By DrBicuspid Staff

April 1, 2008 -- Is your handheld x-ray unit giving you lower quality images? This problem is being investigated in two upcoming studies in the April issue of Oral Surgery, Oral Medicine, Oral Pathology, Oral Radiology and Endodontology.

"At least one state radiation safety department has expressed concern about the quality of images made with a handheld x-ray machine, particularly with respect to patient or operator motion," write the authors of one study.

Both studies used the Aribex Nomad portable x-ray system in their experiments, but came to somewhat different conclusions.

The Nomad Pro by Aribex.

One study conducted at the University of Texas Health Science Center found that there is a loss in resolution when the x-ray device is positioned manually and a high resolution sensor is used.

Researchers mounted a Kodak RVG 6000 size 2 SCMOS sensor on a test stand and radiographed a line-pair phantom with a Nomad x-ray unit mounted on an optical bench. The exercise was repeated with five people of varying sizes holding the unit manually. Each operator was asked to radiograph the phantom 20 times. The experiment was then repeated with the lower-resolution Planmeca Dixi 3 sensor.

The Kodak RVG 6000 had an image resolution of 14 line pairs/mm (horizontal) and 11 line pairs/mm (in the vertical dimension) in the test-stand mounted position. The resolution dropped to 10 line pairs/mm with manual positioning. The Planmeca sensor, on the other hand, had a resolution of 8 line pairs/mm in mounted and manual positions, in both dimensions.

"Our findings confirm our hypothesis that resolution may be lost when manual positioning is used. This effect is observable only with a high-resolution sensor such as the Kodak RVG 6000," concluded the researchers. "In the case of the Planmeca Dixi 3 sensor, there was no significant detectable deterioration in motion blur, owing to the lower resolution of the sensor" (Oral Surgery, Oral Medicine, Oral Pathology, Oral Radiology and Endodontology, April 2008, Vol. 105:4, pp. e55-e56).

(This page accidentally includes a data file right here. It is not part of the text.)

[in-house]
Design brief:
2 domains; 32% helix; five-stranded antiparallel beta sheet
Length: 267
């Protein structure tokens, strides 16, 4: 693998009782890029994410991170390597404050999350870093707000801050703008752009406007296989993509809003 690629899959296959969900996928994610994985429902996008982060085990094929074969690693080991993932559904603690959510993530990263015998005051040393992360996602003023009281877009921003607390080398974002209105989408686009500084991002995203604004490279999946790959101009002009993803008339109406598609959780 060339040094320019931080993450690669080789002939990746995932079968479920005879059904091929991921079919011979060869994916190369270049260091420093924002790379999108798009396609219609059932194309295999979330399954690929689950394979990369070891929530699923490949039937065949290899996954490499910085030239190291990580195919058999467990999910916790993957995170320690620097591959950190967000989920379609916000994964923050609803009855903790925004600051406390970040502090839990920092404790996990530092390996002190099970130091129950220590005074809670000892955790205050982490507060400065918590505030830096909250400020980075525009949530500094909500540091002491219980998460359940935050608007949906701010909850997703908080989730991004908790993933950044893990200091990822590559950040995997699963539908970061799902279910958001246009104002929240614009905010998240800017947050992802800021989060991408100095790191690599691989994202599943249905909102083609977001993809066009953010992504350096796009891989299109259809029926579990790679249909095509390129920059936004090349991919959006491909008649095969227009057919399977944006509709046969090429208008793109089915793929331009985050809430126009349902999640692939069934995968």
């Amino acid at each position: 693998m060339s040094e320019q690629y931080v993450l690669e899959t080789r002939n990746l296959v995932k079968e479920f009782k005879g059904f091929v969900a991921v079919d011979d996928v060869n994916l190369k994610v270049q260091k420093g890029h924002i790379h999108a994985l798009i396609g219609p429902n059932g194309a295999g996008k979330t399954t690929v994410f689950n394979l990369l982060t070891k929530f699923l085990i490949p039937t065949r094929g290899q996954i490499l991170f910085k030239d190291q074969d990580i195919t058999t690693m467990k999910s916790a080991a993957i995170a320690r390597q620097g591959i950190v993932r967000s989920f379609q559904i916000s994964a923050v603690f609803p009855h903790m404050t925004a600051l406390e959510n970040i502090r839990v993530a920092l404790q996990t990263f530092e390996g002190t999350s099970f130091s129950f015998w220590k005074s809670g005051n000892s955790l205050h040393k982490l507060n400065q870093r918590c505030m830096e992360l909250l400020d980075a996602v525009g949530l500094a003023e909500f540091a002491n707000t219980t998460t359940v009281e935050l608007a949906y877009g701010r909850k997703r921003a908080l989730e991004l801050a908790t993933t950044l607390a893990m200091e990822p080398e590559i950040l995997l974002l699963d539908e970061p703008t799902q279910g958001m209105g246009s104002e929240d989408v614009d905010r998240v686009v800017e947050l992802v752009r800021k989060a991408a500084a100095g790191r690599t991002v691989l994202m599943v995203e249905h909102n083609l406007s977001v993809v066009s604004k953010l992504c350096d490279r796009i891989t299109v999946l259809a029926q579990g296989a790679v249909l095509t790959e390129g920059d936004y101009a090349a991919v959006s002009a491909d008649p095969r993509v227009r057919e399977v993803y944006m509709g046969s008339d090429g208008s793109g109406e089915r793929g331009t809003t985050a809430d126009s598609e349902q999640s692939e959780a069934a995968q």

The second study compared the image quality of x-rays taken with a handheld Nomad x-ray machine with those taken with a wall-mounted unit (mostly from the Gendex 770).

Twelve patients, who needed a full-mouth radiographic series, participated in the study. Six had their x-rays done with the handheld Nomad machine, while the other six had x-rays taken with a wall-mounted machine.

Each image was evaluated by two oral and maxillofacial radiologists, and one general dentist for diagnostic utility and quality. A perfect radiograph got a rating of 2, an acceptable radiograph got a 1, and an unacceptable one received a 0. The total score for all 220 images was then calculated.

The quality score for the handheld Nomad radiographs, from the three reviewers, ranged between 22 and 60, and between 21 to 55 for the wall-mounted units. The handheld Nomad units had a median score of 33 while the wall-mounted units scored 33.5.

"Image quality for radiographs taken with the Nomad and a wall-mounted x-ray machine appears to be similar in a variety of clinical situations," concluded the authors. "Motion artifact is not a significant issue with the Nomad" (Oral Surgery, Oral Medicine, Oral Pathology, Oral Radiology and Endodontology, April 2008, Vol. 105:4, pp. e49-e50).


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